A mystery has cropped up in a wheat field just west of Stettler.
Alien, human or otherwise, someone — or something — has laid down a set of crop circles in a field owned by Vera Shuckburgh, occupied by members of her family and farmed by Gordon Smith.
Custom sprayer Colby Squires said on Tuesday that he discovered the circles while desiccating the field in preparation for harvest at about 7 p.m. on the evening of Tuesday, Aug. 25.
Because his sprayer is fully automated, managed by a GPS and computer mapping program, Squires said it was already heading through the circles when he realized something was amiss.
“I wasn’t really paying attention. I had the auto-steer on, feet up and radio going and life was pretty good and then all of a sudden I realized I was right in the middle of the crop circles there.”
Squires stopped his machine and called his wife, Toni, to come out and get some pictures.
“I told her to come out and bring a camera, because it’s not something you see every day.”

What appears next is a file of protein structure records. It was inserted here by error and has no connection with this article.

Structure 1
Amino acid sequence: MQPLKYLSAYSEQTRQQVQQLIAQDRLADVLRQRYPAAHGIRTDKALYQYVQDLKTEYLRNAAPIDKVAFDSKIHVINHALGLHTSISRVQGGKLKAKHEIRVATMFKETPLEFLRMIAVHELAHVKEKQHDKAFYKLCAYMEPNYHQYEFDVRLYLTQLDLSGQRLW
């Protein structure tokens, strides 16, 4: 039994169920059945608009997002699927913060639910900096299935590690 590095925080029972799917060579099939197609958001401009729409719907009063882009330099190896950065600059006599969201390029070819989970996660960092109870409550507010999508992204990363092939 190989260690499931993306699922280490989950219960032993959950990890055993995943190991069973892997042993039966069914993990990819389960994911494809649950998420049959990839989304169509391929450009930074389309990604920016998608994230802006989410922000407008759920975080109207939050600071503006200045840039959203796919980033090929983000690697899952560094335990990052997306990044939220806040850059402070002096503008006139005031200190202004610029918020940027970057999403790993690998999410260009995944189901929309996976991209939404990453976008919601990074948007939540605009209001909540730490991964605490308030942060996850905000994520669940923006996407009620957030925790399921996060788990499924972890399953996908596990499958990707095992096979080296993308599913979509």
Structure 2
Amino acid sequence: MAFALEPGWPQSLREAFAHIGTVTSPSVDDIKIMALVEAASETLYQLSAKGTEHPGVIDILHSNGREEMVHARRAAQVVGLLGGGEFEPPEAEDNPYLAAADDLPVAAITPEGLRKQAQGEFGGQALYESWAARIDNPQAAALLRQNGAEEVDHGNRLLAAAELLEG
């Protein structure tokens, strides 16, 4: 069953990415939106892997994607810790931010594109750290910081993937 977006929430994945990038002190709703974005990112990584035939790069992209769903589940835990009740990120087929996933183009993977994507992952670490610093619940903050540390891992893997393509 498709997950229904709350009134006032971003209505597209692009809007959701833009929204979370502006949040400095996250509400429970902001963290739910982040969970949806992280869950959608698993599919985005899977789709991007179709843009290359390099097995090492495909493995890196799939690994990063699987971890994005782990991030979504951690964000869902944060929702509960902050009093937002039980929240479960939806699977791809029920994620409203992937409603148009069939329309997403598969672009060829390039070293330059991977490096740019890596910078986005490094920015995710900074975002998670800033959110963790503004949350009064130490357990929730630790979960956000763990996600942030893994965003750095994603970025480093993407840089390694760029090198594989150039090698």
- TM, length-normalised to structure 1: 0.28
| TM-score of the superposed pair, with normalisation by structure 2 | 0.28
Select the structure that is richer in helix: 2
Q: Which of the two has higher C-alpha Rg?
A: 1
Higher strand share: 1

While he has mixed feelings on whether space aliens could have been responsible for the making the circles, Squires said he couldn’t see any tracks or other evidence of human activity leading into the field.
He said he last sprayed the crop three months earlier and was likely the last person to enter the field until his return at the end of August.
Of the “many thousands” of acres of crops he sprays every year, Squires said he has never before seen one with crop circles in it.
He denies making the circles himself.
Brenda Smith said her husband is now harvesting the wheat, but has been leaving the crop standing in the area immediately around the circles.
Their daughter-in-law, Angela Smith, is not buying any theories about alien visitors. She believes clever humans have devised the method, based in part on a what she learned from a Discovery Channel program that attempts to explain how the circles could be made.
The program devised a system where people dragged plywood around to lay the crop down, using a piece of rope staked to the centre of each circle as their guide.
Squires, who also saw the Discovery Channel program, said the wheat in the Stettler field is pretty similar to crop circles that have been reported in other parts of the world. The plants are laid flat on their sides, as if something had been dragged over them.
He said it’s hard to believe anybody could have made the circles without being seen, given that the field is alongside a busy highway at the west side of town.
“I would have thought somebody would have seen something,” he said.